The important information here is:

  • we are using the module puppet/openvpn (Here ‘puppet’ is the user name on the Forge of the Vox Pupuli community of modules authors)
  • This module depends on 2 additional modules: puppetlabs/concat and puppetlabs/stdlib, they are both from the ‘puppetlabs’ Forge user, which is the Puppet company itself)

So, in order to use the puppet/openvpn module we also need the puppetlabs/concat and puppetlabs/stdlib modules.

Some info about where Puppet code lives [JUNIOR]

In our example the missing resource is on the file /etc/puppetlabs/code/environments/production/modules/openvpn/manifests/config.pp, this whole path has a meaning and you need to know it if you work with Puppet:

  • /etc/puppetlabs/code/environments/ is the default value for the $environmentpath configuration entry. Where the different Puppet environments are stored.
  • production is the name of a Puppet environment, the default value
  • modules is the default directory where an environment stores its modules
  • openvpn is the name of the module that contains the config.pp file
  • manifests is the directory in every module, where we place our Puppet code in manifests: files with .pp extension written in Puppet Domain Specific Language (DSL).
  • config.pp is the manifest with Puppet code where we declare the resource which failed.

So the metadata.json with info about the dependency modules is to searched at the root of our openvpn module: /etc/puppetlabs/code/environments/production/modules/openvpn.

The modules listed under “dependencies” in the metadata.json file are what we need and we need them in the right place, more precisely in the Puppet’s $modulepath : a configuration entry which displays a colon-separated list of directories where Puppet searches for modules.

Oh, incidentally, you can show all Puppet’s configuration entries with the command:

    puppet config print all

and the specific one that matters here, the modulepath, where Puppet looks for modules:

    $ sudo puppet config print modulepath

So all we need to do is to install the missing modules.

Installing modules [JUNIOR]

We can install additional modules in various ways which depends on how is managed Puppet code on our systems.

Using the Puppetfile

If we are using a Puppet server, it’s likely and advisable that in your company you are managing the full content of the /etc/puppetlabs/code/environments/ dir with r10k (if using Puppet Open Source) or Code Manager (in Puppet Enterprise), so you should never manually touch any file there: a deployment procedure, eventually driven by a CI/CD tool, will do it for you.

In this case any new external module should be listed in your control-repo’s Puppetfile.

The control repo is a single git repository which contains all the Puppet code and data we need to manage the whole infrastructure. Every node uses a Puppet environment (default is called production), which has the contents of the control repo.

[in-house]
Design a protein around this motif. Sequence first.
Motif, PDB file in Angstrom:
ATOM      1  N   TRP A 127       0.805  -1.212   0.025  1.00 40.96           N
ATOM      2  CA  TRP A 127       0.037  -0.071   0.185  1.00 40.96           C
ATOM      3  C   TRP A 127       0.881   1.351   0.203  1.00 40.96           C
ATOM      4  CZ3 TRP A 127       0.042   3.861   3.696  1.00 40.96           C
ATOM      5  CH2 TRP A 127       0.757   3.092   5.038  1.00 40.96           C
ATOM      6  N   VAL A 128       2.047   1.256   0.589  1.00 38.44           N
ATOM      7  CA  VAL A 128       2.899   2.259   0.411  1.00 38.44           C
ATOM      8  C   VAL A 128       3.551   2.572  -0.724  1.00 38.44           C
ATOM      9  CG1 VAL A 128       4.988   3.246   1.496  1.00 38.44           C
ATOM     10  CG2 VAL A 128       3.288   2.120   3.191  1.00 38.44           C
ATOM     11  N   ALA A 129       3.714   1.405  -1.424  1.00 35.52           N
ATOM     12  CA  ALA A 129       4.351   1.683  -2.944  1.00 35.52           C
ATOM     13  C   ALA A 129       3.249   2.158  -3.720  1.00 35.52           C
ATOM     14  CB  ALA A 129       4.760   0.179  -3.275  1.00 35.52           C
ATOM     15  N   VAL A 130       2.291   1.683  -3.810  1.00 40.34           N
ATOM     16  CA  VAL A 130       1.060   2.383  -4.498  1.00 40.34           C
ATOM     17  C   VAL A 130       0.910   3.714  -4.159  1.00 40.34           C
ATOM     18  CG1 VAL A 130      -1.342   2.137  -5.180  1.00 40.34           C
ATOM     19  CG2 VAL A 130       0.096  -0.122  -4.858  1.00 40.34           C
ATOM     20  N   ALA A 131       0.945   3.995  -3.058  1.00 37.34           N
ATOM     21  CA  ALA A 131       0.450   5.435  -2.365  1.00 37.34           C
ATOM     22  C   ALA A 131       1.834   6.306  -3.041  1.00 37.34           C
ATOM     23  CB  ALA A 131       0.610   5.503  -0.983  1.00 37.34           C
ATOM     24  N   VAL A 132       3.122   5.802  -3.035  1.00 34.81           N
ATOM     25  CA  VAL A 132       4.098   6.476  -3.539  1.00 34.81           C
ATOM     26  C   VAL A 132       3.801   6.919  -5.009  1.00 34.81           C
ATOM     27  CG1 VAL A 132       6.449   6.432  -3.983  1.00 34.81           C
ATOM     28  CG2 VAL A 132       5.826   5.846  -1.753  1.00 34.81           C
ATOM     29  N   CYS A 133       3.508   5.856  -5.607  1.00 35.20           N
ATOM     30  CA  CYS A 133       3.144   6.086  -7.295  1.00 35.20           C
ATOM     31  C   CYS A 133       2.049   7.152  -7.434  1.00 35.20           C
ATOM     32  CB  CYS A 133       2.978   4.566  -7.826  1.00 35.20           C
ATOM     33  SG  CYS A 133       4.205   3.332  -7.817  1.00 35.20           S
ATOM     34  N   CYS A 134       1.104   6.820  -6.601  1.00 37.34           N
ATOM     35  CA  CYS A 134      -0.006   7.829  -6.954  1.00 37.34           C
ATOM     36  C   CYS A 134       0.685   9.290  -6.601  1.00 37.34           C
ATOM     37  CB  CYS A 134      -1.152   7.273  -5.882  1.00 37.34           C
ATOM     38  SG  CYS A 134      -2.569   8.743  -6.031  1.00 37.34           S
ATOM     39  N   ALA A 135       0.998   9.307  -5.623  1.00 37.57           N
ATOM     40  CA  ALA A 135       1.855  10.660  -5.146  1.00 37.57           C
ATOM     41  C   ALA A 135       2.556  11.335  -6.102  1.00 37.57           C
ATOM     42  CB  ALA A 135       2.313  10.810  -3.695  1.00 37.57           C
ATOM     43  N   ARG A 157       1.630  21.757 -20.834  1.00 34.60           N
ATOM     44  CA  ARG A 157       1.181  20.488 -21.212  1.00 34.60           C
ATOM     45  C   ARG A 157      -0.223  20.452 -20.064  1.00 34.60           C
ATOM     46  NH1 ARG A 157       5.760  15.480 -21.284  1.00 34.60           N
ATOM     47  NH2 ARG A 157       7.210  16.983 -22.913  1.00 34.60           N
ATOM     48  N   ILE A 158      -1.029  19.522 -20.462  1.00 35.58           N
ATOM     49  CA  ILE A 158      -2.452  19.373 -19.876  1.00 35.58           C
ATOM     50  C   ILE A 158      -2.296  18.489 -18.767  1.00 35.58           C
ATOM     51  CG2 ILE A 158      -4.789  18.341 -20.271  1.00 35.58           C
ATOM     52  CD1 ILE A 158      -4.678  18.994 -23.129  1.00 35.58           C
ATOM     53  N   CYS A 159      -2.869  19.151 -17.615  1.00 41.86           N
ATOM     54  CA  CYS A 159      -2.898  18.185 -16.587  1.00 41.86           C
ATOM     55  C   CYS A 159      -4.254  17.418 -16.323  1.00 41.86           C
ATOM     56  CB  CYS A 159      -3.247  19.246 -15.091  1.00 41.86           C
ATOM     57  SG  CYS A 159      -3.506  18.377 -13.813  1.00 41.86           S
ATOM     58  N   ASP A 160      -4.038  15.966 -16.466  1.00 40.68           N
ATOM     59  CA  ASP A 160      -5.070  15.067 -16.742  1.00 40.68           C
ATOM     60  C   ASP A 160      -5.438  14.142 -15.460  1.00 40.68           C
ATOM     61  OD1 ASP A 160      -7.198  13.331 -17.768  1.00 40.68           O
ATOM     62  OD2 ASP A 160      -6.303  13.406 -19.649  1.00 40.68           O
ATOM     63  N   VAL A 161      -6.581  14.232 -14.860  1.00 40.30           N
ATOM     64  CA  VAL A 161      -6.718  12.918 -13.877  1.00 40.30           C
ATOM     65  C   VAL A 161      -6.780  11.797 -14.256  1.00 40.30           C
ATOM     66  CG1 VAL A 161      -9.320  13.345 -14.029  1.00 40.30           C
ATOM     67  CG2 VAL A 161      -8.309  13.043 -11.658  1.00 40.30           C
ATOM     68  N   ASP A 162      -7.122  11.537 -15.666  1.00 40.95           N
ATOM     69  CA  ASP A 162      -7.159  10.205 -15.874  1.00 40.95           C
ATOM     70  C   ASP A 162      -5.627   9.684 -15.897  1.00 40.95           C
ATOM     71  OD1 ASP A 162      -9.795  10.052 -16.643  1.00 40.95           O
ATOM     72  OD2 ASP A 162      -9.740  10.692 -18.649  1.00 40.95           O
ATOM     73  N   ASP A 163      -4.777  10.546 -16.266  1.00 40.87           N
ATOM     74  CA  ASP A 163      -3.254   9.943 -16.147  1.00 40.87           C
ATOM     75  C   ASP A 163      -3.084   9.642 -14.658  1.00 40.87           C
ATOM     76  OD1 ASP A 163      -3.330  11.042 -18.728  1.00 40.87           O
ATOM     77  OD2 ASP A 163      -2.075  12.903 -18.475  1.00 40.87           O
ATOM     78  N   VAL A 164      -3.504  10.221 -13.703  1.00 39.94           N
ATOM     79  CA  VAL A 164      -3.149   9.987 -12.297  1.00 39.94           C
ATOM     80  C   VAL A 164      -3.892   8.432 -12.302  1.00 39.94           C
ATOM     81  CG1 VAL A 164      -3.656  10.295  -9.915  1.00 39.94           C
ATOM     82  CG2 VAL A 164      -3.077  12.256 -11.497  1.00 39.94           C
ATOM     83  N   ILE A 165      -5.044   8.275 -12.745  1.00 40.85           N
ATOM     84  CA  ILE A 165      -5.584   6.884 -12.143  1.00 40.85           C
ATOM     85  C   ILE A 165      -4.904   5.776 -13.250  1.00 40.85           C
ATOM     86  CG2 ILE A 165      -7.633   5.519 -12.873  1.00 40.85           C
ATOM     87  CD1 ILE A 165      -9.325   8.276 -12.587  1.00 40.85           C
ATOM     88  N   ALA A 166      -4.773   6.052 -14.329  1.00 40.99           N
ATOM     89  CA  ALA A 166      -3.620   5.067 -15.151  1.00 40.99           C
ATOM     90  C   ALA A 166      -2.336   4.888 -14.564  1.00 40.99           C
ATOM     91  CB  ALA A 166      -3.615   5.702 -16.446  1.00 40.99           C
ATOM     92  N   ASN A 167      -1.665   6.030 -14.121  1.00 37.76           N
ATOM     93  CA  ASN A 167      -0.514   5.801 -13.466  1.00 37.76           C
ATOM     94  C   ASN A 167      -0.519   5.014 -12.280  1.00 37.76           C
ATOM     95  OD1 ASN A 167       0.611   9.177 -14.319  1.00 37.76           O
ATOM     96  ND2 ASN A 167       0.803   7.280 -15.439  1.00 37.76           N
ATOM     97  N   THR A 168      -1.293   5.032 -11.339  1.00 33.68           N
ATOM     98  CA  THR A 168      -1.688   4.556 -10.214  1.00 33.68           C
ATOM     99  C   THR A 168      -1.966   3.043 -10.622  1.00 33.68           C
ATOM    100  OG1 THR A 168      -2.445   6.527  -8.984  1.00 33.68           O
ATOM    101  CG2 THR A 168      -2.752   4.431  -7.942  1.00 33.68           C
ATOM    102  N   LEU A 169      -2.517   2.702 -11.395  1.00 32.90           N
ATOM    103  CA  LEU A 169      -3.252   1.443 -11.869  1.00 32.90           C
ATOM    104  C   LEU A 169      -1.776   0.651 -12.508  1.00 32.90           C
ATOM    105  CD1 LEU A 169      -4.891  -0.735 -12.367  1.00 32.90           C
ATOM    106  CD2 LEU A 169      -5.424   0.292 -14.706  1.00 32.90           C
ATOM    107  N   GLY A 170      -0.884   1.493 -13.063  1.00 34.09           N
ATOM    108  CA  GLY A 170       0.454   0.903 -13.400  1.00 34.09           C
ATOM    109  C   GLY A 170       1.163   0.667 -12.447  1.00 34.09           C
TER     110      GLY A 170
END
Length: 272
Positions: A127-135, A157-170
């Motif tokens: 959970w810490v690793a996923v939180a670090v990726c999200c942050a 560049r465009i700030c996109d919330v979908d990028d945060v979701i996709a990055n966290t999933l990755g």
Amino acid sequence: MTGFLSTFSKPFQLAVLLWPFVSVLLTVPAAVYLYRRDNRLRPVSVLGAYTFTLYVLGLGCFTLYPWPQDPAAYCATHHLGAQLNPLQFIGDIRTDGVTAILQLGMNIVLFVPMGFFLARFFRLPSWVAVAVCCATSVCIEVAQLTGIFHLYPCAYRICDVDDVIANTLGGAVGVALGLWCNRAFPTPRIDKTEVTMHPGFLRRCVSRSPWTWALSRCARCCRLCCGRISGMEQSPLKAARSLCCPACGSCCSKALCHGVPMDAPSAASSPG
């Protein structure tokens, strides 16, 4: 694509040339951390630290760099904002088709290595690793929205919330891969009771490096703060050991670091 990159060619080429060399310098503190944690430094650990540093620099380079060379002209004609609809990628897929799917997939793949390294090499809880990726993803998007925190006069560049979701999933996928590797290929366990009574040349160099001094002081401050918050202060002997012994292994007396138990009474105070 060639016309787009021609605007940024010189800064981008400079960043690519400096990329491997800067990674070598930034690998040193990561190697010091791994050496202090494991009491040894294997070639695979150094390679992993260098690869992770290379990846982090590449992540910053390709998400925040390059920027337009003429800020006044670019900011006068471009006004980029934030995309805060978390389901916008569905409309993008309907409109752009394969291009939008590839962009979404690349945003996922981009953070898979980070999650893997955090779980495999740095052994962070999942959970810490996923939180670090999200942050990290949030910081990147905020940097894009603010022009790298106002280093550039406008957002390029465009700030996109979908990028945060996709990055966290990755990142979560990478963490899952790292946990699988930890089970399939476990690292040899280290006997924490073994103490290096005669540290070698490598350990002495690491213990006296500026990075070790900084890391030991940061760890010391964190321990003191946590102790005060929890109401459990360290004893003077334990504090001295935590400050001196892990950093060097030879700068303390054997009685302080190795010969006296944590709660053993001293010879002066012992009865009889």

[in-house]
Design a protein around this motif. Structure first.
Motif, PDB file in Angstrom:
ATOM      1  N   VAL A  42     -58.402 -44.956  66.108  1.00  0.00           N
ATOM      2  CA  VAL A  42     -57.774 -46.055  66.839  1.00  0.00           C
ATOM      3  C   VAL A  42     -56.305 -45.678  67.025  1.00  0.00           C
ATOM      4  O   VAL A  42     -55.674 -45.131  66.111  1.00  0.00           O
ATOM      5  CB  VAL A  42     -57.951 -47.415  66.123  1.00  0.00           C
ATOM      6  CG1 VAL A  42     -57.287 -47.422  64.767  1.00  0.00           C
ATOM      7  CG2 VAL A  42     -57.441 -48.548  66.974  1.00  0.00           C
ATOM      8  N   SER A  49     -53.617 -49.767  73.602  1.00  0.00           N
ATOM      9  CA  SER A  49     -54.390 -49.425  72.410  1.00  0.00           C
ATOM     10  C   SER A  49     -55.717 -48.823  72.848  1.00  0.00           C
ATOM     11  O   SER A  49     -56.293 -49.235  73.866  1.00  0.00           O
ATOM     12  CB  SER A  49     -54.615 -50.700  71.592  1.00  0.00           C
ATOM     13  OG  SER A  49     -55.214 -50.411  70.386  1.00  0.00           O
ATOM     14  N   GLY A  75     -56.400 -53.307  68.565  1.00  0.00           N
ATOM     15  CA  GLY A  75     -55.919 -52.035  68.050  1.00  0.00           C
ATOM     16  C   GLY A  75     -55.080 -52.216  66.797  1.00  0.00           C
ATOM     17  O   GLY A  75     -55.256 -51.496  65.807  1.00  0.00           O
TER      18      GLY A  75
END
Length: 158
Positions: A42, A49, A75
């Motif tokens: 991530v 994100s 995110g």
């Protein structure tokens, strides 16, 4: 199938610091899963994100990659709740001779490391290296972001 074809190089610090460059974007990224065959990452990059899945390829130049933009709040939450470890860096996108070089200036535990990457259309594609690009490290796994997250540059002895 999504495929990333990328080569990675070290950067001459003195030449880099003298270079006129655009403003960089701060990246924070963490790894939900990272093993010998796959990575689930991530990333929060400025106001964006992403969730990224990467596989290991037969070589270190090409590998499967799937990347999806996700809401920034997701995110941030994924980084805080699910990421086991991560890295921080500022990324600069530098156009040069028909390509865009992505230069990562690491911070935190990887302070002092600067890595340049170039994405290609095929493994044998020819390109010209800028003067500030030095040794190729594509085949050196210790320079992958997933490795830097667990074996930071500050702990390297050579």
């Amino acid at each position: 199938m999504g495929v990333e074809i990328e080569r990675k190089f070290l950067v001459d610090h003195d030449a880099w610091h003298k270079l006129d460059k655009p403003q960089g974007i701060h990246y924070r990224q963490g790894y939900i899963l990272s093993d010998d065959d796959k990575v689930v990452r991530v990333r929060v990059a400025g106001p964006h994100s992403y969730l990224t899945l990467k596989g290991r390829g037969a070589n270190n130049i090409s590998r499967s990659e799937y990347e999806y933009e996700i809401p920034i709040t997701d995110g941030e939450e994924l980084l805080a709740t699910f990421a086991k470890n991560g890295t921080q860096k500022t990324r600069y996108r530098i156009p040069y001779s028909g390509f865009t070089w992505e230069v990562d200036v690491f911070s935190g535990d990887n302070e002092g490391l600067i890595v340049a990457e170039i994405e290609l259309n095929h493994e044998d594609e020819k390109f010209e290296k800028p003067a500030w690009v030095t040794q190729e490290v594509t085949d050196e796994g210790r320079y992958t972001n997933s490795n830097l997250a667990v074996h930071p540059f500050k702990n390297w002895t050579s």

When it is deployed by tools like r10k or CodeManager, commonly used in Puppet world, for each branch of the control repo a Puppet environment is created in the $environmentpath.

When an environment is deployed two things happen:

  • The content of the control-repo relevant branch (for example production) is copied/synced to its /etc/puppetlabs/code/environments/production directory.
  • The modules listed in the control-repo’s Puppetfile are deployed under the modules subdir of the environment/branch: /etc/puppetlabs/code/environments/production/modules.

In the Puppetfile our missing modules can be added as follows:

mod 'puppetlabs/concat', '7.2.0'
mod 'puppetlabs/stdlib', '8.4.0'

The version names, and the actual syntax can be seen on the module’s page on the Forge.

Using the puppet module install command

If you are using Puppet in apply mode, without any Puppet server involved, or (blames on you!) you manage your manifests directly, on your servers’s /etc/puppetlabs/code/environments/ dir, you can install the needed modules by using the Puppet module command.

It automatically installs the latest version of the defined modules (using the format: forge_user/module_name or forge_user-module_name) and their eventual dependencies:

$ sudo puppet module install puppetlabs/concat
$ sudo puppet module install puppetlabs/stdlib

To list the installed modules use:

$ sudo puppet module list

Note than while the puppet module install command automatically installs every dependency, you have to specify them all in the Puppetfile.

Common cases of Unknown resource type errors and remedies [INTERMEDIATE]

So, I hope it’s clear that any kind of Puppet Unknown resource type error can be solved by adding the missing module which provides the resource we are trying to use.

The best approach is just to check the dependencies in the metadata.json file as just described, but, if you are copying random code from the Internet or working with legacy modules without the metadata.json file to check, you may find useful the reference here.

As a reference, we list here some common resource types and the relevant modules which provide them, with an extra bit of information which is worth knowing.